Lone Star on Wednesday rejected a South Korean audit agency’s conclusion that its acquisition of Korea Exchange Bank in 2003 was “illegal,” claiming that the lender’s capital adequacy ratio was actually overstated rather than understated.

In the latest turn of the long-running controversy over the deal, John Grayken, Lone Star’s chairman, said it was “impossible to accept” the accusations that KEB’s financial data were manipulated to allow Lone Star to take over the bank.

The comments came after the state Board of Audit and Inspection (BAI) asked the Financial Supervisory Commission to nullify Lone Star's purchase of KEB. The audit agency claims that KEB was sold at an artificially low price after some government officials and former KEB managers conspired to understate the financial health of the bank.

Mr Grayken on Wednesday hit back claiming that the Bank for International Settlements ratio forecasted for KEB was “actually too high” in hindsight, because the loan loss provisions that were required to be taken by KEB after Lone Star’s investment would have caused the bank’s BIS ratio to fall below the ratio projected before the sale.

He added that the FSC’s response should be to order Lone Star to reduce its 64.62 per cent stake in KEB to below 10 per cent, even if the BAI’s accusations that the BIS ratio was lowered through a “conspiracy” were true.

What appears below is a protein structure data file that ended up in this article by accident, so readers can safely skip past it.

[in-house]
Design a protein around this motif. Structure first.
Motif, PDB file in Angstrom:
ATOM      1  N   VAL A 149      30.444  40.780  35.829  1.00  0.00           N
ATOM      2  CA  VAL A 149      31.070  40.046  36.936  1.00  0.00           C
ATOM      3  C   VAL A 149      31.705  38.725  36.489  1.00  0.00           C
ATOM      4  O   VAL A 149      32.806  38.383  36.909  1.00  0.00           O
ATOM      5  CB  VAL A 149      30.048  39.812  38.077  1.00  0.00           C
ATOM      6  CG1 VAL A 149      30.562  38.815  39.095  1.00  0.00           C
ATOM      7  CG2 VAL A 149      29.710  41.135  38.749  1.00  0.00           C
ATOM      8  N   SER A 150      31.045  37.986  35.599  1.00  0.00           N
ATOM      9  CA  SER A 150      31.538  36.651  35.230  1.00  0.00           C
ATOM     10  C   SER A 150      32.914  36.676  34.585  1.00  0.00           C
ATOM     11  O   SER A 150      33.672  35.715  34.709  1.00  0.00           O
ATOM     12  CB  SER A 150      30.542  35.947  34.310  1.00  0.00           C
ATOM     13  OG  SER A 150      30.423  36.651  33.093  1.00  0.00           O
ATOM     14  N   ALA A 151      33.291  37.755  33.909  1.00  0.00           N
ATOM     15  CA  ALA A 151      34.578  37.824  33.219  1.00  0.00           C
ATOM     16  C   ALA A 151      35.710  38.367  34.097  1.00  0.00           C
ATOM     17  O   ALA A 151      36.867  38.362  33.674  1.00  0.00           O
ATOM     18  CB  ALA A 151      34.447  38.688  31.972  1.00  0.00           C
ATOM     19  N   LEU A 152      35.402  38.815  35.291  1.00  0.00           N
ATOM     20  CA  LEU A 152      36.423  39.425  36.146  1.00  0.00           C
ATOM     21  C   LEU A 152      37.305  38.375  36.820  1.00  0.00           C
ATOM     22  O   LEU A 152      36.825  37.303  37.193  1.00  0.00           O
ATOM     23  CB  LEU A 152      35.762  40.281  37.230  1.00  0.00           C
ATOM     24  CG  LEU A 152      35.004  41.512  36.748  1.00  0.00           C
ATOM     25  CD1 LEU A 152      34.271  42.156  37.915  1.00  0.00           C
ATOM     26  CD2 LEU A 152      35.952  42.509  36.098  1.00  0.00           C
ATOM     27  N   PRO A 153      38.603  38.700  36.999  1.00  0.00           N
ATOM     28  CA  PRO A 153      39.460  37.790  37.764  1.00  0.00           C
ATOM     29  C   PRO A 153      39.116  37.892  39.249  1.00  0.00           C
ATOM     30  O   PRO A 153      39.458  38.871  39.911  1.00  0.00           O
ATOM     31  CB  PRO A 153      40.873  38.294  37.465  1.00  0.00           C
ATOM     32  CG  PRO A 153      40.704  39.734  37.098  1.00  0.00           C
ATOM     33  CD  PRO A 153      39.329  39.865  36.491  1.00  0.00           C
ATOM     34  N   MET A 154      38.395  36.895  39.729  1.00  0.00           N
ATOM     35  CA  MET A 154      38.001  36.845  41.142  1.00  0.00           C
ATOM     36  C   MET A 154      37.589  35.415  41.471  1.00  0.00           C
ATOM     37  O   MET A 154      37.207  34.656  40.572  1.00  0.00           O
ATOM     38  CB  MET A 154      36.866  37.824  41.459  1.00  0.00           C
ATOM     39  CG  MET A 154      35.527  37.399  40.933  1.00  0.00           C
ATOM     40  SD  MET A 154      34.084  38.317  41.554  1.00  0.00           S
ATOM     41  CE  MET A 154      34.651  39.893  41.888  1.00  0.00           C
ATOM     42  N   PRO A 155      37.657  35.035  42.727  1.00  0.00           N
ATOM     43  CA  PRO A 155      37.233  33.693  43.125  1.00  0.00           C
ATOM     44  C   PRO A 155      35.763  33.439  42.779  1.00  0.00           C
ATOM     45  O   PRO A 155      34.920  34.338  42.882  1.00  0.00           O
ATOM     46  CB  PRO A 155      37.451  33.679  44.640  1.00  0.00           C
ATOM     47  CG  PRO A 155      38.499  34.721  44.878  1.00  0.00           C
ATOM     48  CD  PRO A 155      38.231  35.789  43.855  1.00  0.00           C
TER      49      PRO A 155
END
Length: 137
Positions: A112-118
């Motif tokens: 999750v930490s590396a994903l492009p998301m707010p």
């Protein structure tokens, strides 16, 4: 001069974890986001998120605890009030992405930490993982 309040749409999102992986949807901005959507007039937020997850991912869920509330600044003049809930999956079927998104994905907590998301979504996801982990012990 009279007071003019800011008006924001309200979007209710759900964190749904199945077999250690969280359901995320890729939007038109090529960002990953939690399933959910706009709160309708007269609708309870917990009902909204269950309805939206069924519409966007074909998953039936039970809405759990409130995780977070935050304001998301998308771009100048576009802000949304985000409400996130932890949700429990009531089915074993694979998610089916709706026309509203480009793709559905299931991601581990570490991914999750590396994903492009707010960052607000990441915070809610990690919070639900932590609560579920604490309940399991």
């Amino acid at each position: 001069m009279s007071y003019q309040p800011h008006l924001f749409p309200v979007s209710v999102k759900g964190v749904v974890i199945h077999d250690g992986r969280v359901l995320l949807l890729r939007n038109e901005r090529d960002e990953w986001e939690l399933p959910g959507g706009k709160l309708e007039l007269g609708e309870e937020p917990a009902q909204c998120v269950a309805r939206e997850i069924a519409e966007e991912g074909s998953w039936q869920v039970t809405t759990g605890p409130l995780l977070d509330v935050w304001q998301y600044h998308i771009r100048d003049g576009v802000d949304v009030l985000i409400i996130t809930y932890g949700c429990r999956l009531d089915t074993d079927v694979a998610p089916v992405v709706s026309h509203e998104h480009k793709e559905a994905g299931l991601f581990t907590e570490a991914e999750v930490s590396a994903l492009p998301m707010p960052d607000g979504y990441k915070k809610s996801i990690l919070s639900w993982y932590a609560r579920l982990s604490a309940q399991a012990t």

“This is exactly what Lone Star has stated it intends to do and has been prevented from doing because of the ongoing controversy,” he said in a statement.

In November, Lone Star scrapped a $7.3bn deal to sell KEB to Kookmin Bank, South Korea’s top lender, as a year-long investigation by Korean prosecutors into suspicions over its 2003 acquisition of KEB blocked the completion of the sale.

Under Korean banking industry regulations, a private equity fund cannot take over a bank unless it is deemed insolvent. Mr Grayken said Wednesday: “Why would those government agencies accept that another major Korean bank was on the verge of failure without carefully scrutinizing the facts upon which that assertion was supposedly based?”

KEB shares fell 2.74 per cent to close at Won14,200 on Wednesday, underperforming the broader market.

“The shares are likely to remain in a corrective phase for the time being as uncertainties over the future of the bank increase with the growing possibility that the sale of the bank will take a long time,” said Im Il-sung, an analyst at Meritz Securities.

Get alerts on Financials when a new story is published

Copyright The Financial Times Limited 2019. All rights reserved.
Reuse this content (opens in new window)

Comments have not been enabled for this article.

Follow the topics in this article